Race and ethnicity are fundamental bases of identification, organization, stratification, and differentiation. The character, causes, and consequences of race and ethnic relations are a lively area for sociological theory and research. A colloquium (Soc 987) may be attended whenever the topic is of interest, or may be taken for 1-3 credits. Courses and topical seminars are also offered. Faculty research projects on race and ethnic topics often provide opportunities for graduate student participation and employment.
Faculty: Bell, Curtis, Elwert, Emirbayer, Fujimura, Gilbert, Goffman, Oliver, Thornton, Tigges

Religion
The sociology of religion is primarily the study of the practices, social structures, historical backgrounds, development, universal themes, and roles of religion in society. There is particular emphasis on the recurring role of religion in nearly all societies on Earth today and throughout recorded history. Sociologists of religion attempt to explain the effects that society has on religion and the effects that religion has on society; in other words, their dialectical relationship.
Faculty: Bell, Elder, Lim, Montgomery, Oliver

Rural Sociology
Faculty: Bell, Curtis, Garoon, Gilbert, Kloppenburg, White

Science and Technology
The sociology of science and technology includes two closely related fields: the sociology of science and the sociological study of technological innovation and change. Training in the sociology of science stresses analysis of the social, political, and cultural factors that shape scientific knowledge, disciplines, and careers. The sociological study of science is also aimed at understanding the interrelations between science and other social institutions. The sociology of technology includes themes such as the impacts and implications of particular technologies and practices in realms such as agriculture, environment, and medicine; analysis of the nature of technological risks, risk assessment methods, and the validity of "risk society" theories; and the relations between technology and public policy. The connections among science, technology, and society are of critical importance in both fields.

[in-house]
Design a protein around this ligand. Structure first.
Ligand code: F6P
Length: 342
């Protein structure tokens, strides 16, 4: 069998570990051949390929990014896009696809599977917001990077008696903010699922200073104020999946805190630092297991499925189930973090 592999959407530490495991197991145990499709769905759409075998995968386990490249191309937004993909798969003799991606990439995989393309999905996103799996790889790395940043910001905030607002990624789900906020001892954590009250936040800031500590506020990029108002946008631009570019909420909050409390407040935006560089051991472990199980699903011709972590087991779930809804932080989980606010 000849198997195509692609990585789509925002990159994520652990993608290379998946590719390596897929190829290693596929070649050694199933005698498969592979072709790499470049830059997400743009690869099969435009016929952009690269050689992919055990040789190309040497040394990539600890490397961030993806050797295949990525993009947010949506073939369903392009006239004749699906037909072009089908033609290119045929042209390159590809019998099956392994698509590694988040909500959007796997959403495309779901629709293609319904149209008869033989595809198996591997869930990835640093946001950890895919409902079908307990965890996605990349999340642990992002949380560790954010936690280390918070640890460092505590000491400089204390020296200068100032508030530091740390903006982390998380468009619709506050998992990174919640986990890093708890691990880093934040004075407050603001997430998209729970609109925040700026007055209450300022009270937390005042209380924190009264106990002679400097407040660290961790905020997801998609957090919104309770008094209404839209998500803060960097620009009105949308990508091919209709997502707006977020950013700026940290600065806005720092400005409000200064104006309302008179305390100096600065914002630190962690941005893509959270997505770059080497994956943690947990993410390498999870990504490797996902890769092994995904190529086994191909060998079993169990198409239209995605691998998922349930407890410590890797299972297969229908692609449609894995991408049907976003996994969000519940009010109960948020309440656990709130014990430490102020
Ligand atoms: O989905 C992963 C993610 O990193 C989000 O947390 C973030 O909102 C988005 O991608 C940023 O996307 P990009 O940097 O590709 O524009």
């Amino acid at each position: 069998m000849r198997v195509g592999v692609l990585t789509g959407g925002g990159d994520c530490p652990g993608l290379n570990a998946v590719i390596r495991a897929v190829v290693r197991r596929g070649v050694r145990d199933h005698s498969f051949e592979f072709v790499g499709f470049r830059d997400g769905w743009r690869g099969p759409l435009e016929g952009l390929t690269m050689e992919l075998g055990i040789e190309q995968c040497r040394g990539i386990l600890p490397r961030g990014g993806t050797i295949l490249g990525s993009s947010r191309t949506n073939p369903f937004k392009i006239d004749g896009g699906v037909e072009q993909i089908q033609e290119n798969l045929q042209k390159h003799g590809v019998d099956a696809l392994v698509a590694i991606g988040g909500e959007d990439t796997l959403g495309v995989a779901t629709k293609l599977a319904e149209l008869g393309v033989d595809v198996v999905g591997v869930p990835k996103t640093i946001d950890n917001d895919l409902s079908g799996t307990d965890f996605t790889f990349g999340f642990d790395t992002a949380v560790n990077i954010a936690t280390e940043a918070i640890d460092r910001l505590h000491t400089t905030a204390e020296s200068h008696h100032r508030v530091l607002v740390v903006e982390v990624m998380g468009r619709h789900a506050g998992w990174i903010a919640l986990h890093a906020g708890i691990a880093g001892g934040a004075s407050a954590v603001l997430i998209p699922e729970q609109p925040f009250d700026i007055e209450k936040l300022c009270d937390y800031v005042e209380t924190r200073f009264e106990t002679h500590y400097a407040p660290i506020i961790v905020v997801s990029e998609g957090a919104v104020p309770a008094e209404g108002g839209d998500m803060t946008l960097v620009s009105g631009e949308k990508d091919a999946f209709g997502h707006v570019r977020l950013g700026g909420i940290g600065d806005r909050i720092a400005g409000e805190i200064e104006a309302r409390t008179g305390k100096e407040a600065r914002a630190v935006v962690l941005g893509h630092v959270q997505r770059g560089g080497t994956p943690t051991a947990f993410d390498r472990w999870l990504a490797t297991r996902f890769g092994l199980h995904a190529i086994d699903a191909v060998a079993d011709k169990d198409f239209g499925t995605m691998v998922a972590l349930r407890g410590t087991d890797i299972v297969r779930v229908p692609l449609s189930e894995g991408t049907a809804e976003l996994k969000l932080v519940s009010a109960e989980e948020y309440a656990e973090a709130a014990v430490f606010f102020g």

Faculty: Alatout, Bell, Fujimura, Kleinman, Kloppenburg, Stoecker

Social Movements and Collective Behavior
This growing area of research is well represented in the sociology faculty. Lecture courses and seminars are offered on social movements and collective action. A seminar surveying the social movements literature has been taught in alternate years. Other more specialized recent seminar topics have included The Theory of Collective Action, Women's Movements, and Altruism and Social Movements. Faculty and students in the area have done research on movements in Brazil, South Africa, the Netherlands, Mexico and other countries as well as the U.S., and on a variety of movements, from local neighborhood associations and blood drives to union organization and religious volunteer groups, to the civil rights, women's, ecological, lesbian/gay, and peace movements. Madison is also one of the sites for "protest events" research which compares police and media records of protests, demonstrations, and other public events. Faculty and students who do research on social movements participate actively in the "Politics, Culture, and Society" brownbag series. Students specializing in the study of social movements are encouraged to take the political sociology, social psychology, SEC, and/or class analysis prelims depending on their particular focus of interest.
Faculty: Bell, Emirbayer, Ermakoff, Ferree, Friedland, Goldberg, Lim, Liu, Oliver, Seidman, Stoecker, White

Social Psychology and Microsociology
This program provides exposure to and critical examination of the major topics of theory and research within social psychology and microsociology. Two one-semester courses present a substantive overview of the field. Several specialized courses and seminars are offered each year. A research seminar is held weekly to give students and faculty the opportunity to present their ideas and original research for constructive criticism. Faculty are involved in a range of projects involving various topics and research methodologies. These projects often provide research assistantships for graduate students, and some offer opportunities for postdoctoral experience.
Faculty: Bell, DeLamater, Ford, Goffman, Maynard, Montgomery, Oliver, Schaeffer

Social Stratification
This specialty is known for its vigorous program of research. There are several elective courses and seminars, as well as training experience in research apprenticeships on major studies. These projects run the gamut from historical and comparative studies of inequality to mathematical and econometric modeling of mobility and achievement processes; demographic approaches to stratification and inequality; the development of inequalities through schooling; and organizational treatments of racial and ethnic integration. The Wisconsin Longitudinal Study of the 1957 Wisconsin high school graduation cohort continues to enrich our knowledge about the process of social stratification. Studies of brothers and sisters in the cohort describe the complex pattern of family effects. The 1992 wave of the WLS expanded its content to include mental and physical health, social comparisons with significant others, and exchange relationships with kin. Many other areas of stratification are also studied.
Faculty: Curtis, Elwert, Gamoran, Gerber, Grodsky, Halaby, Logan, Massoglia, Nobles, Raymo, Schwartz